Trailing spot tails
By DAVID A. BROWN
Published March 3, 2007
If you hunt, you know that the approach is at least as important as your ability to shoot straight.
Stalking redfish in shallow water is no different. You just replace the shooting with casting.
I observed a textbook example of this principle when I joined a team of anglers Feb. 19, as they prepared for last weekend's FLW Redfish Series Eastern Division tournament.
Clearwater hosted the event, but teams checked likely redfish haunts to the north and south in the preceding days. Naturally, the Anclote area saw its share of scouting.
Now, it's no secret that redfish favor the fertile grass beds skirting pristine mangrove shorelines on the eastern side of Anclote Key, along with the adjacent Dutchman Key. Here, the fish find a bounty of forage and cozy potholes to belly into during low-water periods.
Heath Seckel and Brian Ulch, both residents of Winter Haven, have been fishing area waters for several years. Three days before the tournament, they worked a precision pattern along Dutchman's south end.
Shutting down the outboard a couple of football fields from the key, Seckel used his trolling motor to ease into drifting range. About 75 yards out, the anglers cut all power and used the combination of an east wind and an incoming tide to push them closer to Dutchman's oyster-lined perimeter.
Redfish in this area have become so sensitive that even the bump of a push pole hitting bottom can spook them. Our silent drift epitomized the requisite stealth.
As we eased closer, the shallow grass flats bore the prop scars left by boaters who pushed too far into the meager depths and then powered out of the area.
A deeper trench separated Dutchman from these outlying flats. On either side of this tidal furrow, sandy potholes dotted the thick turtle grass, presenting obvious sightcasting targets.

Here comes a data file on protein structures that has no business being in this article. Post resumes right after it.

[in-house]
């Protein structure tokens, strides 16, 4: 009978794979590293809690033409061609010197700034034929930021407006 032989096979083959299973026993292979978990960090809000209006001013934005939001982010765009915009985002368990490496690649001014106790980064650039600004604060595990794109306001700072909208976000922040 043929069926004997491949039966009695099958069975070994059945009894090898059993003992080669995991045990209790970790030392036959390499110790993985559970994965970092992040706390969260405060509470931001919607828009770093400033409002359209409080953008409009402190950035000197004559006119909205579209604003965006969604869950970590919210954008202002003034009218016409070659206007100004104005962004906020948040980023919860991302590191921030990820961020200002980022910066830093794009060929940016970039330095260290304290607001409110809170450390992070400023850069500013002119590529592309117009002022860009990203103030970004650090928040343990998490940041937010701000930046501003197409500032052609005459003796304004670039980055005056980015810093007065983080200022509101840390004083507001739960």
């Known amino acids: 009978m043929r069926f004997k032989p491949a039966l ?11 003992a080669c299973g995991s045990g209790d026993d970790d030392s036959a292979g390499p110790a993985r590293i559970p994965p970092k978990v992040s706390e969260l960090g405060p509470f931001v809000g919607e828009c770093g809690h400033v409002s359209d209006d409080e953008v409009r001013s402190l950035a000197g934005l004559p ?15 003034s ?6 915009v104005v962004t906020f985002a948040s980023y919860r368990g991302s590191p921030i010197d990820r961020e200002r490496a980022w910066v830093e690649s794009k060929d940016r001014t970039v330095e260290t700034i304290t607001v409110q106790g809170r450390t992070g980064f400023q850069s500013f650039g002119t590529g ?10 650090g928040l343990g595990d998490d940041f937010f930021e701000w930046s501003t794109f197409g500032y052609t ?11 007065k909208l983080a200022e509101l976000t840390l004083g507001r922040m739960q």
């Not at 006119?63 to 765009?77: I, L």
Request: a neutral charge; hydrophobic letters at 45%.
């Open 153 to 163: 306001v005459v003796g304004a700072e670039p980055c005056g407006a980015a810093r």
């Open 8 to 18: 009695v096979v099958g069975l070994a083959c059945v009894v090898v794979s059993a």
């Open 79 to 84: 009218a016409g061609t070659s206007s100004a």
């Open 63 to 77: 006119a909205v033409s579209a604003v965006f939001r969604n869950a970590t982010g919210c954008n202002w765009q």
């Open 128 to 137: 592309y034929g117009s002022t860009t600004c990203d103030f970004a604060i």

Seckel ended up plucking one fat redfish from Dutchman's shoreline. The fish was foraging in the grass, and when a scented plastic bait dropped within sniffing range, 29 inches of ruby hunger eagerly accepted the offer and put a bend in Seckel's 7-foot spinning rod.
Later, the anglers checked out a shoreline pocket on Anclote's east side. Here, they found at least a dozen hefty reds mingling with mullet. None would eat, but the find proved encouraging nonetheless.
Ultimately, the tournament held no good fortune for Seckel and Ulch they finished 83rd. But any experienced angler will tell you that finding fish and catching fish are two different conversations.
On the upside, these guys established a productive pattern that they'll no doubt return to for future opportunities. Moreover, local anglers who respect the tide and topography may find the right conditions for reeling a few Anclote brutes to the boat.
State law allows licensed anglers to harvest one redfish between 18 and 27 inches. (Remember, the new regulations require that measurements for soft-tailed fish like reds must be taken with the tail pinched.)
Even if your fish fits the slot limit, consider releasing your catch. Redfish offer good table fare, but returning them to the environment helps ensure the Anclote honey holes remain sweet.
FLW FIRST: Troy Sapp and Jill Sapp, fishing guides from Odessa, made FLW Redfish Series history Feb. 24 by becoming the first husband-and-wife team to finish in the top five. Their third-place finish (three-day total of 31 pounds, 7 ounces) also made Jill the first female angler to reach the finals in an FLW redfish event. The event was won by John Henninger and John Eggers with 37 pounds, 1 ounce.
The Sapps threw 5-inch Berkley Gulp jerk shads on 5/0 worm hooks with no weight. Fishing shallow, grassy flats in about a foot of water north of the Anclote River, they worked in the lee of a main shoreline.
"The protected calm water allowed us to sight the fish and cast to them without spooking the school," Troy said.
And in case there's any doubt, this is a husband-and-wife, not husband "with" wife team. Jill wasn't along for the ride - she represents many capable women anglers who take their fishing just as seriously as the guys.
"I am extremely proud of (this) accomplishment," Jill said. "I was very excited, considering that I was competing against some of the best redfish anglers in the world (and they) have many years of tournament experience."
Jill said total immersion into her pursuit has made her the angler she is today.
"I have taken the time to learn all aspects of the sport," she said. "I prepare all my own tackle, spool my reels with fresh line, tie all the knots, rig all of my own lures and handle the fish at the boat.
"Troy does not need to stop fishing to help me. We have been chartering together for years, and I am very self-sufficient on the water."
David A. Brown covers area fishing tournaments and can be reached at email@example.com.